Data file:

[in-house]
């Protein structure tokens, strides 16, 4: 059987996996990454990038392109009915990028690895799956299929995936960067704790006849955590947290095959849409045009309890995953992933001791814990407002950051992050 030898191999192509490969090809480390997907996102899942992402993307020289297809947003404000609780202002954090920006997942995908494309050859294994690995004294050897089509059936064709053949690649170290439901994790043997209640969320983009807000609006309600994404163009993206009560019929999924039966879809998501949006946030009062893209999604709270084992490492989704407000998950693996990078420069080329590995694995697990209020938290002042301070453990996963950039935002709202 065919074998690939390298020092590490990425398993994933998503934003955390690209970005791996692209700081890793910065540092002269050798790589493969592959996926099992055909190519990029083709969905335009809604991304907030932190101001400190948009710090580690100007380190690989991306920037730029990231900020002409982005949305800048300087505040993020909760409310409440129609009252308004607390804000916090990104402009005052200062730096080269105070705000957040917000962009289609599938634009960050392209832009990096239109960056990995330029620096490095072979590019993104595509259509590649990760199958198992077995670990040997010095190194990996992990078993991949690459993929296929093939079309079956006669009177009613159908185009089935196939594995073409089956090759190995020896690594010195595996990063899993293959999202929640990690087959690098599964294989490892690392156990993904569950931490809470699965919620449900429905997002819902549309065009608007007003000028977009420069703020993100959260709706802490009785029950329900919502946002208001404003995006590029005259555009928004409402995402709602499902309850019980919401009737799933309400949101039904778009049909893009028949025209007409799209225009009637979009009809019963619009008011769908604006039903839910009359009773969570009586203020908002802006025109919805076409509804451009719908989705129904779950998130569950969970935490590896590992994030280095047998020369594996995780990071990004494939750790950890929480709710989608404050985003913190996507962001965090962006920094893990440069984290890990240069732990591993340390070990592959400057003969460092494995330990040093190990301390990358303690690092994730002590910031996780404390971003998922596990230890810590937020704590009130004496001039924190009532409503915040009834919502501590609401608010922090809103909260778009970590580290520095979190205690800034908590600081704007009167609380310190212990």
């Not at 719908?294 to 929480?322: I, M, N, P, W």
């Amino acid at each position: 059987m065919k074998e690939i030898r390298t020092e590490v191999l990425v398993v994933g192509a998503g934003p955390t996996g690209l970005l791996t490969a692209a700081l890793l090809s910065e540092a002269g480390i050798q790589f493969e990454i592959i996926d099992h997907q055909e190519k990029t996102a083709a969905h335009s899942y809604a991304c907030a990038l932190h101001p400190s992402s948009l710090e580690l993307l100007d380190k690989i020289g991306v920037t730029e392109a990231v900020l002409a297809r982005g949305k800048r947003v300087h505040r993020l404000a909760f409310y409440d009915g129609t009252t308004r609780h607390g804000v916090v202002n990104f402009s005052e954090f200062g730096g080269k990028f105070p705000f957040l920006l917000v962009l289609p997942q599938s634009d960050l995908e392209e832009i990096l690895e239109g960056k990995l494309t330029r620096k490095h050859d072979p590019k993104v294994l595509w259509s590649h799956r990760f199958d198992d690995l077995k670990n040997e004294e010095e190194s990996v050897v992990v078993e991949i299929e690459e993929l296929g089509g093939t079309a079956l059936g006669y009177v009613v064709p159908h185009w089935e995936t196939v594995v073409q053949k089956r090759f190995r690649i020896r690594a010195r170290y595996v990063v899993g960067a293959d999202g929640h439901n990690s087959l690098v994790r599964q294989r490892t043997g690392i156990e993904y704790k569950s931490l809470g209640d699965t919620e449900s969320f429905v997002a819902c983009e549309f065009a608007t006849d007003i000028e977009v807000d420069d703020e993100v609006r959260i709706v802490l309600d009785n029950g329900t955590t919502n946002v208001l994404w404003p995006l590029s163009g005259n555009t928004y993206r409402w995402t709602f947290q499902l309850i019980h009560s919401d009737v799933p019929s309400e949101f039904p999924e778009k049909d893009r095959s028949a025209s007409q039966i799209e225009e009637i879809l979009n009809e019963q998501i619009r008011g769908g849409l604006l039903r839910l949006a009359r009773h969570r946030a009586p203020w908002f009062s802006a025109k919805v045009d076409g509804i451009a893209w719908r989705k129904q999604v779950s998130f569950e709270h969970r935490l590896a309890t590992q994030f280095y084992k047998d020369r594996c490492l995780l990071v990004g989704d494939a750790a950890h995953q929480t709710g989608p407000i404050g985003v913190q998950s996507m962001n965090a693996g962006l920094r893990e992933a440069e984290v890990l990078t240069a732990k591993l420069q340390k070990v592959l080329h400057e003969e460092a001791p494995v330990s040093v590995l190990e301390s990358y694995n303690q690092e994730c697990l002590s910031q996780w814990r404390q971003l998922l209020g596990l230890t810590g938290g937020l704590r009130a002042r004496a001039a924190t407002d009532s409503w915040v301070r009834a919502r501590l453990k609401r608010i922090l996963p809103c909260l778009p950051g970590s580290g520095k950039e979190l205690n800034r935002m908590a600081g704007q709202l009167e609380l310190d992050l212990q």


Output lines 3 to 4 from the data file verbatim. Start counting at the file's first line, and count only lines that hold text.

């Not at 719908?294 to 929480?322: I, M, N, P, W």
């Amino acid at each position: 059987m065919k074998e690939i030898r390298t020092e590490v191999l990425v398993v994933g192509a998503g934003p955390t996996g690209l970005l791996t490969a692209a700081l890793l090809s910065e540092a002269g480390i050798q790589f493969e990454i592959i996926d099992h997907q055909e190519k990029t996102a083709a969905h335009s899942y809604a991304c907030a990038l932190h101001p400190s992402s948009l710090e580690l993307l100007d380190k690989i020289g991306v920037t730029e392109a990231v900020l002409a297809r982005g949305k800048r947003v300087h505040r993020l404000a909760f409310y409440d009915g129609t009252t308004r609780h607390g804000v916090v202002n990104f402009s005052e954090f200062g730096g080269k990028f105070p705000f957040l920006l917000v962009l289609p997942q599938s634009d960050l995908e392209e832009i990096l690895e239109g960056k990995l494309t330029r620096k490095h050859d072979p590019k993104v294994l595509w259509s590649h799956r990760f199958d198992d690995l077995k670990n040997e004294e010095e190194s990996v050897v992990v078993e991949i299929e690459e993929l296929g089509g093939t079309a079956l059936g006669y009177v009613v064709p159908h185009w089935e995936t196939v594995v073409q053949k089956r090759f190995r690649i020896r690594a010195r170290y595996v990063v899993g960067a293959d999202g929640h439901n990690s087959l690098v994790r599964q294989r490892t043997g690392i156990e993904y704790k569950s931490l809470g209640d699965t919620e449900s969320f429905v997002a819902c983009e549309f065009a608007t006849d007003i000028e977009v807000d420069d703020e993100v609006r959260i709706v802490l309600d009785n029950g329900t955590t919502n946002v208001l994404w404003p995006l590029s163009g005259n555009t928004y993206r409402w995402t709602f947290q499902l309850i019980h009560s919401d009737v799933p019929s309400e949101f039904p999924e778009k049909d893009r095959s028949a025209s007409q039966i799209e225009e009637i879809l979009n009809e019963q998501i619009r008011g769908g849409l604006l039903r839910l949006a009359r009773h969570r946030a009586p203020w908002f009062s802006a025109k919805v045009d076409g509804i451009a893209w719908r989705k129904q999604v779950s998130f569950e709270h969970r935490l590896a309890t590992q994030f280095y084992k047998d020369r594996c490492l995780l990071v990004g989704d494939a750790a950890h995953q929480t709710g989608p407000i404050g985003v913190q998950s996507m962001n965090a693996g962006l920094r893990e992933a440069e984290v890990l990078t240069a732990k591993l420069q340390k070990v592959l080329h400057e003969e460092a001791p494995v330990s040093v590995l190990e301390s990358y694995n303690q690092e994730c697990l002590s910031q996780w814990r404390q971003l998922l209020g596990l230890t810590g938290g937020l704590r009130a002042r004496a001039a924190t407002d009532s409503w915040v301070r009834a919502r501590l453990k609401r608010i922090l996963p809103c909260l778009p950051g970590s580290g520095k950039e979190l205690n800034r935002m908590a600081g704007q709202l009167e609380l310190d992050l212990q």